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Play's the Thing!



Program Goals

  • Explore Shakespeare through Play with improvisations, songs, group readings and performances

  • Develop agency and independence

  • Create a safe respectful space

  • Enhance verbal and nonverbal communication

  • Encourage movement and physicality

  • Value teamwork and cooperation

  • Celebrate creative spontaneity 

  • Strengthen social skills

  • Grow positive peer relationships

  • Share our experiences with each other and our community

  • Have FUN!!

Description of our Play

Each session of Play's the Thing! starts with a song. Some of our songs are from Shakespeare's plays, like

A Lover and his Lass, others we learn elsewhere and teach each other.  All are fun and no musical talent or experience is necessary whatsoever. Some of our favorite songs are 3-6-9, The Princess Pat, and My Highland Goat,

to each of which we improvise movements, gestures, and noises to accompany them.     


Then we play various improvisational games to encourage problem solving, working and playing together, and

utilizing free improvisational play.


The final half of the session we Read and Perform Scenes from Shakespeare.  Sometimes we all participate in reading and performing the same scene together, but often we take a scene and split the group into three smaller groups, then each group goes off to create their version of the scene which we then perform for each other at the end of the session.  Parents, friends and family are encouraged to both participate in the sessions but if not they can come early to pick up their children and watch them perform the scenes.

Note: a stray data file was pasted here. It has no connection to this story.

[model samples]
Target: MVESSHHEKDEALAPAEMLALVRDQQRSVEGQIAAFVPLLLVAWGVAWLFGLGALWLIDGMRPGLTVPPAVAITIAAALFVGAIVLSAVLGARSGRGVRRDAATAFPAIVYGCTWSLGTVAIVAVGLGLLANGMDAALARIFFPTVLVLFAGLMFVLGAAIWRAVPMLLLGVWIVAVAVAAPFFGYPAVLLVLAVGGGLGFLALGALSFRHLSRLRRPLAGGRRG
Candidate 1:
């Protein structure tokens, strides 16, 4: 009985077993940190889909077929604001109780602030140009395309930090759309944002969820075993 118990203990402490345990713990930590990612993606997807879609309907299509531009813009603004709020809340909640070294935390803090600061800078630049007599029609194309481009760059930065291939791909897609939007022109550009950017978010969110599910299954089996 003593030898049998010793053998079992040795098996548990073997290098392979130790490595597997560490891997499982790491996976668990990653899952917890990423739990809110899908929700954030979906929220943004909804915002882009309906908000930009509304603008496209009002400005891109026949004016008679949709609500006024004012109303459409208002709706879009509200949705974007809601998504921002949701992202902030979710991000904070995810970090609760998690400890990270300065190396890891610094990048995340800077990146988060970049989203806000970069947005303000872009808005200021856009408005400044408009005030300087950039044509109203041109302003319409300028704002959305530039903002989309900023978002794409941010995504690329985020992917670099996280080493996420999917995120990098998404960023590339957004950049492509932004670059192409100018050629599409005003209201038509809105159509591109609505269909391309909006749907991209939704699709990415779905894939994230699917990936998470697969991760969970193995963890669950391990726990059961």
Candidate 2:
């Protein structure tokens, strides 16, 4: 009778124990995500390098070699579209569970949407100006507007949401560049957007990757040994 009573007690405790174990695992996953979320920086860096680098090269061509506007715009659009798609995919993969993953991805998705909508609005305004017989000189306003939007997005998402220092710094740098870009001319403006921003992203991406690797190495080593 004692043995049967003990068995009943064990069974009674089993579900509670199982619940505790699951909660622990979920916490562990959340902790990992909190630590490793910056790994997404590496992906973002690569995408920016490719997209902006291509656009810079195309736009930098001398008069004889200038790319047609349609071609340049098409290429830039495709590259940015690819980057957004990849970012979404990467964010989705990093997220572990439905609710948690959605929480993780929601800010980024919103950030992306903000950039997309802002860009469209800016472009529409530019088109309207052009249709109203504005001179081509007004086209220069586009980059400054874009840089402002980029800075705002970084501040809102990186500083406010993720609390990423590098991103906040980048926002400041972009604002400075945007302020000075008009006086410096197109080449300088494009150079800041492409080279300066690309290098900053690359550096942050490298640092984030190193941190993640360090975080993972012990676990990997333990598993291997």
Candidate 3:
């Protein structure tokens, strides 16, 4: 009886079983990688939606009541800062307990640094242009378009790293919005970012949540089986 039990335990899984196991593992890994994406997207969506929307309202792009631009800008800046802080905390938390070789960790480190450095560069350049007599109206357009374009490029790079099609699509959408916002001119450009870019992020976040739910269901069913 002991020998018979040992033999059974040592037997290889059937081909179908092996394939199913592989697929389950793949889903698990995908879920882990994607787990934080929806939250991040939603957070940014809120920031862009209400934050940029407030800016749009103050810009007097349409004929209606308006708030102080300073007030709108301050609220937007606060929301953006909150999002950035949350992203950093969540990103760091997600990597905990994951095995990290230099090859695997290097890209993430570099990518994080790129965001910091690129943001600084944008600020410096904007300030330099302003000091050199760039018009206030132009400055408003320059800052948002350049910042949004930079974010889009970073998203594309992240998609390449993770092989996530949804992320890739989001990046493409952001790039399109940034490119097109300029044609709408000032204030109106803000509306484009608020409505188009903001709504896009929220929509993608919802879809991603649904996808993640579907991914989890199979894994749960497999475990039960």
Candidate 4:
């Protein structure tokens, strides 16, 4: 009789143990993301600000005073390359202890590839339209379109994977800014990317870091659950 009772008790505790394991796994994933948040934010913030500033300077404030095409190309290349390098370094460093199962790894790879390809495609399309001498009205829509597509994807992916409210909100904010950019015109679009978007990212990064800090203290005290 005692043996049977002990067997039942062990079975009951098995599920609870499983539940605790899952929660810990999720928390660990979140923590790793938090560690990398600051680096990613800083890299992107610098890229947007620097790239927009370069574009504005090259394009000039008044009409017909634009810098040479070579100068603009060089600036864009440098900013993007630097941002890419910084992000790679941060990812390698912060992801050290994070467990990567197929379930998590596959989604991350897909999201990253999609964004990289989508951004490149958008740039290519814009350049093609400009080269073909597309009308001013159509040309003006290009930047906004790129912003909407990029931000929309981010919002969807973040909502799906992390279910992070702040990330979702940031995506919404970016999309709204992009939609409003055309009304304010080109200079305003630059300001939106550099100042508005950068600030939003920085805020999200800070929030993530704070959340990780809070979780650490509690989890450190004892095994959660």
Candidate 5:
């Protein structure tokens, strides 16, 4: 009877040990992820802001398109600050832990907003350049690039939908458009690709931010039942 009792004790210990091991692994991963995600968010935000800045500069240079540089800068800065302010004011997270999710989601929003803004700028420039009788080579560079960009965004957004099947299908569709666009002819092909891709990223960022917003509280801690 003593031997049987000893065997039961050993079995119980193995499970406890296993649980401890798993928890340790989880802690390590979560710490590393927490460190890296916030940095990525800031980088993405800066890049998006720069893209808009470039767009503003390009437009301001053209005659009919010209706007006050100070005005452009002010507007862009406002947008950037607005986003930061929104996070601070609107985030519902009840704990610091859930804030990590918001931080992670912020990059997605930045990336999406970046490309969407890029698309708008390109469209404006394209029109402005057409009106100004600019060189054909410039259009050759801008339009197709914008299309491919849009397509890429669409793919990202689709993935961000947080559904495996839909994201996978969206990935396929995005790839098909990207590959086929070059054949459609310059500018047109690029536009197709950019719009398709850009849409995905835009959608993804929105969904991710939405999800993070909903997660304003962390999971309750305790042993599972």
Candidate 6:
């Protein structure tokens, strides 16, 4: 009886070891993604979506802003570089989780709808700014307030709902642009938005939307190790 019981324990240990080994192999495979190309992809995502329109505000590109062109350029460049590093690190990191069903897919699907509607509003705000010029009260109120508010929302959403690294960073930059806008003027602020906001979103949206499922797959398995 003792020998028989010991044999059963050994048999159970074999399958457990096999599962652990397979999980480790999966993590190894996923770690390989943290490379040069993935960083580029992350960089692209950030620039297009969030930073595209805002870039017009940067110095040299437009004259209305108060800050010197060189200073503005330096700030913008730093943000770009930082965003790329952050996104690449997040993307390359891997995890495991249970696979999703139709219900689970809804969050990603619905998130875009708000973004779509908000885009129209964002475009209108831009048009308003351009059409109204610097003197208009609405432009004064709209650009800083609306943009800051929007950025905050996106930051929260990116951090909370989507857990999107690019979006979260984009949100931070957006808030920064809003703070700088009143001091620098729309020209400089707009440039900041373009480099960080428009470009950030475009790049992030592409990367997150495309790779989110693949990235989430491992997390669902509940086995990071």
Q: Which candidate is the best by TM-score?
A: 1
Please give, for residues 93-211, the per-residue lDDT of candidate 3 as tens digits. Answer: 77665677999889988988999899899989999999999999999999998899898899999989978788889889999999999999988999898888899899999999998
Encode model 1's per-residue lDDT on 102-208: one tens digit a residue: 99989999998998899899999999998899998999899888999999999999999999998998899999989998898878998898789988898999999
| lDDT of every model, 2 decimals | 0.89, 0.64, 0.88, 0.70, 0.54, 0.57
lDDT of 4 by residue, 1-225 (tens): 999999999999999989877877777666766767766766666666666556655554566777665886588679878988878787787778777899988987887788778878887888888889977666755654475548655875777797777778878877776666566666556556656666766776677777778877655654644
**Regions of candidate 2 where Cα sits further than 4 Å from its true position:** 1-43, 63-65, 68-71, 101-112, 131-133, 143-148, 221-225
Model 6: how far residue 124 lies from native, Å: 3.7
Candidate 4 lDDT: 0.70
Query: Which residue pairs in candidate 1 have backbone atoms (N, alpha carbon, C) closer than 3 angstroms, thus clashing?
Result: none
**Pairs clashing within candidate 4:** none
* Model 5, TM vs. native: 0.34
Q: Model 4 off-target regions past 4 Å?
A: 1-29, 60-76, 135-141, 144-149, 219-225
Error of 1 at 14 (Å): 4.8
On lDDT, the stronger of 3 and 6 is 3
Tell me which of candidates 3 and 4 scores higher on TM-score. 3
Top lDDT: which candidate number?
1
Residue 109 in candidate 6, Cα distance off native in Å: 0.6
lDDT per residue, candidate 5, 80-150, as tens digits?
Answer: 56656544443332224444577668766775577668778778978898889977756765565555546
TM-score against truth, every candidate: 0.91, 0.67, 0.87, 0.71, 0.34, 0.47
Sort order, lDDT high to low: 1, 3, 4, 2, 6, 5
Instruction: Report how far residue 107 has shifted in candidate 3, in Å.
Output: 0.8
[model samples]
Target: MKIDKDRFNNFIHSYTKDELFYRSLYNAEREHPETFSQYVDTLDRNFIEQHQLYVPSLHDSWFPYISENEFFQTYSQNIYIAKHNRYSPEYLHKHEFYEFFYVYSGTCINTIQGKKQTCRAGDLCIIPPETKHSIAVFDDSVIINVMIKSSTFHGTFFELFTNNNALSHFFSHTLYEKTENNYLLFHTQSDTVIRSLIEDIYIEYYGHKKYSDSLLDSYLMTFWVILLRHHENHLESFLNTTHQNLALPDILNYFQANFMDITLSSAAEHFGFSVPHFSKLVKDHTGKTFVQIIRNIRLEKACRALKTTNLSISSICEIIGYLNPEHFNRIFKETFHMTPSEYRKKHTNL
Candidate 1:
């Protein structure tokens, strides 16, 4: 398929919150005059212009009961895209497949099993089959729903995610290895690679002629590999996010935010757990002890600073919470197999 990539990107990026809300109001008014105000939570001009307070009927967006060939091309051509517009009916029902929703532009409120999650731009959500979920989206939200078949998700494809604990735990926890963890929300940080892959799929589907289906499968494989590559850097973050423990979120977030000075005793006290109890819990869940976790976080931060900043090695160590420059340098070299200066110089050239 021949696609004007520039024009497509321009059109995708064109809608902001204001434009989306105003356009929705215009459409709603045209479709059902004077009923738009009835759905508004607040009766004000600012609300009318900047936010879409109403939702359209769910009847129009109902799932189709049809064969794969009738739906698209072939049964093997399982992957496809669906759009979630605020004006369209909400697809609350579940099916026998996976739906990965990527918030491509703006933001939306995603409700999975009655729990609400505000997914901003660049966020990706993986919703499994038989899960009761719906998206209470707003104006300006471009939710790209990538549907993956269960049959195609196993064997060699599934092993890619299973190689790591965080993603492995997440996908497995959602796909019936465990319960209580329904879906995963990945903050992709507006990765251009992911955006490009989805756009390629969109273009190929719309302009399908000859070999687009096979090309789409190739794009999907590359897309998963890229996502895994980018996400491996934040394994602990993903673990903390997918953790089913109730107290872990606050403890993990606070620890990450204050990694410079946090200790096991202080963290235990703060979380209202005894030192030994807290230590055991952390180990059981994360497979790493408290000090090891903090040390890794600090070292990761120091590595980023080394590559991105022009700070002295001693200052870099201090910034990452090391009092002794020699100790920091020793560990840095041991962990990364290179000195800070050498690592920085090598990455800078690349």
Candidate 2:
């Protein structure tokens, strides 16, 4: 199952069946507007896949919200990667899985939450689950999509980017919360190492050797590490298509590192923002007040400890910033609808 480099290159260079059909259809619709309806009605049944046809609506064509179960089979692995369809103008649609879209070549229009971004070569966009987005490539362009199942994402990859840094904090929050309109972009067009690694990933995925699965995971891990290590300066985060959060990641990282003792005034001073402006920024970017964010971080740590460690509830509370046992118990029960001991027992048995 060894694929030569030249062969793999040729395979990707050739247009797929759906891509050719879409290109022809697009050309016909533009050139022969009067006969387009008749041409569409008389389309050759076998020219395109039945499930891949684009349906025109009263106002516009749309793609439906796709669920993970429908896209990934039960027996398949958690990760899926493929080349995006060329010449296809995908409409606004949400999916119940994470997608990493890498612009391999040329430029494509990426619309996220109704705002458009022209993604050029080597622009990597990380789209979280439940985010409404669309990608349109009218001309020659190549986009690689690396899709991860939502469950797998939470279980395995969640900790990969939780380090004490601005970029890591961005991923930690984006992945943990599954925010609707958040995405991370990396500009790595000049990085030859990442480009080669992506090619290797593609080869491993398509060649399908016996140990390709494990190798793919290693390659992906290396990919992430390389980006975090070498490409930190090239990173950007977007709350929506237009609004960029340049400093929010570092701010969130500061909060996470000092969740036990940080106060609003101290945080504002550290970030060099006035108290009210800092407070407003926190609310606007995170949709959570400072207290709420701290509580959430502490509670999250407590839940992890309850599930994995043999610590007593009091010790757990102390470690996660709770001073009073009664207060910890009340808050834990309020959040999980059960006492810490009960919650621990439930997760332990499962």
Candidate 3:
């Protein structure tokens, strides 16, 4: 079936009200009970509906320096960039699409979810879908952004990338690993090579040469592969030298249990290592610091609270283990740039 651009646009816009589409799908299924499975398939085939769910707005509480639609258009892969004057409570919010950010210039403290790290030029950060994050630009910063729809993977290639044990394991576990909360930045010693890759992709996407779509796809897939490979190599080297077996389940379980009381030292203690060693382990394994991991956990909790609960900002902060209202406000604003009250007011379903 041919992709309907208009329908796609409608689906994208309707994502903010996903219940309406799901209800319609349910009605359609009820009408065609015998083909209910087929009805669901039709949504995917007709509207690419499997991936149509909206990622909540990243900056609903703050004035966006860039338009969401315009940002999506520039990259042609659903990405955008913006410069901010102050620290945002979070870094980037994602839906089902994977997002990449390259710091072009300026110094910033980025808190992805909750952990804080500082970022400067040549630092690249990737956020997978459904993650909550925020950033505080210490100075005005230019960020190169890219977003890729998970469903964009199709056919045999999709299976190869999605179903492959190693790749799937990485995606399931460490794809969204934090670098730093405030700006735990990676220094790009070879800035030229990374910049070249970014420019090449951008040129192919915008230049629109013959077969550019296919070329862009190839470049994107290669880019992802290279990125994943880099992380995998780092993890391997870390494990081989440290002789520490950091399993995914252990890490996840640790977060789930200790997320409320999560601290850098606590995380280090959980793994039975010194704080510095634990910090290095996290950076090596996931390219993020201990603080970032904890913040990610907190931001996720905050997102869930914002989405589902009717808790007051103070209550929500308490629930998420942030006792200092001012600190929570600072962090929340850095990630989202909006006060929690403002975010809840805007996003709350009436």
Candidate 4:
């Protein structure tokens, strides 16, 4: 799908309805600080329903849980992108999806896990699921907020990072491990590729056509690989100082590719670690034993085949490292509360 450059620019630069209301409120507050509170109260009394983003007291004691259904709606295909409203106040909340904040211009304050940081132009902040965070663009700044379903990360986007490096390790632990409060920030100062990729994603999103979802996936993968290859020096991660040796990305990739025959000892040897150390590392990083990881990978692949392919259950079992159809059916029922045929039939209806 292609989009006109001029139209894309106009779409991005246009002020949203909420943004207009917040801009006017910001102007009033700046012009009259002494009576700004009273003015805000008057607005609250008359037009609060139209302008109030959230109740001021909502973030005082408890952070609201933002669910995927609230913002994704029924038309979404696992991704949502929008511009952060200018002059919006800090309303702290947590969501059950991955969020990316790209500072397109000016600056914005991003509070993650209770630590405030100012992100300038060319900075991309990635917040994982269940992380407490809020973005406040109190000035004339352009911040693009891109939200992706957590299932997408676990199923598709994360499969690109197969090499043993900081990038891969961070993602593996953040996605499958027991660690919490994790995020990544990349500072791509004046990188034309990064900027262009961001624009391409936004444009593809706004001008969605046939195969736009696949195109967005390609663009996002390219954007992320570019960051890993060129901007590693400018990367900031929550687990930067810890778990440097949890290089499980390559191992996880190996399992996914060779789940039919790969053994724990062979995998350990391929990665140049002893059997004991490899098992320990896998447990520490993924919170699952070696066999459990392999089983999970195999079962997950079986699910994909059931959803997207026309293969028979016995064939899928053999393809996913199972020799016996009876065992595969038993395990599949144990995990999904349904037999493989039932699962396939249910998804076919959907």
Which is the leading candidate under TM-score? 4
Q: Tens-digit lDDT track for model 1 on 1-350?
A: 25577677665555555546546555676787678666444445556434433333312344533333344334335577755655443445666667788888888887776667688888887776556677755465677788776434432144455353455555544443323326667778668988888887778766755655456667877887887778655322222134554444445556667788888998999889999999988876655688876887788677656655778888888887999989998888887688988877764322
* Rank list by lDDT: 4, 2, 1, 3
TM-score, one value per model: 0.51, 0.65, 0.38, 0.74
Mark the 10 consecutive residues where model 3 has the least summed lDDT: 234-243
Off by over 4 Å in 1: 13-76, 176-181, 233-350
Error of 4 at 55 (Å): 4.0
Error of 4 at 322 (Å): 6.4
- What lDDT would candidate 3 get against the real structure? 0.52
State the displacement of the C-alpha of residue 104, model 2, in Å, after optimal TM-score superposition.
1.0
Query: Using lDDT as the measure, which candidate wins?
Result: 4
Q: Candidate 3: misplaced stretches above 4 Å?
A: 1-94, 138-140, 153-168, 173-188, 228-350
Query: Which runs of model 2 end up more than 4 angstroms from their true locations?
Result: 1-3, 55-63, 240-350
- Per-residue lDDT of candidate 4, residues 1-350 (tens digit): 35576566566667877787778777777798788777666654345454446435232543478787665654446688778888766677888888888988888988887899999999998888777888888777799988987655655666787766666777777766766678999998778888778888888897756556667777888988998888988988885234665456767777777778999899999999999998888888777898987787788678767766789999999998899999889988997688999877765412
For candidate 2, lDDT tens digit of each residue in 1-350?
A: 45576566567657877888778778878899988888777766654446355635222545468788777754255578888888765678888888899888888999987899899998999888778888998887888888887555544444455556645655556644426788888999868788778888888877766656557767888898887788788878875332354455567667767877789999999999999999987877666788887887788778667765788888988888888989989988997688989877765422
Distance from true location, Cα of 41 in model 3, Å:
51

Program History

After a distinguished career spanning Pediatric Oncology and Pain and Palliative medicine and being a former performer of Shakespeare himself, Craig had been dreaming of a way to enrich the lives of some of his young patients by introducing them to Play while exploring the works of Shakespeare.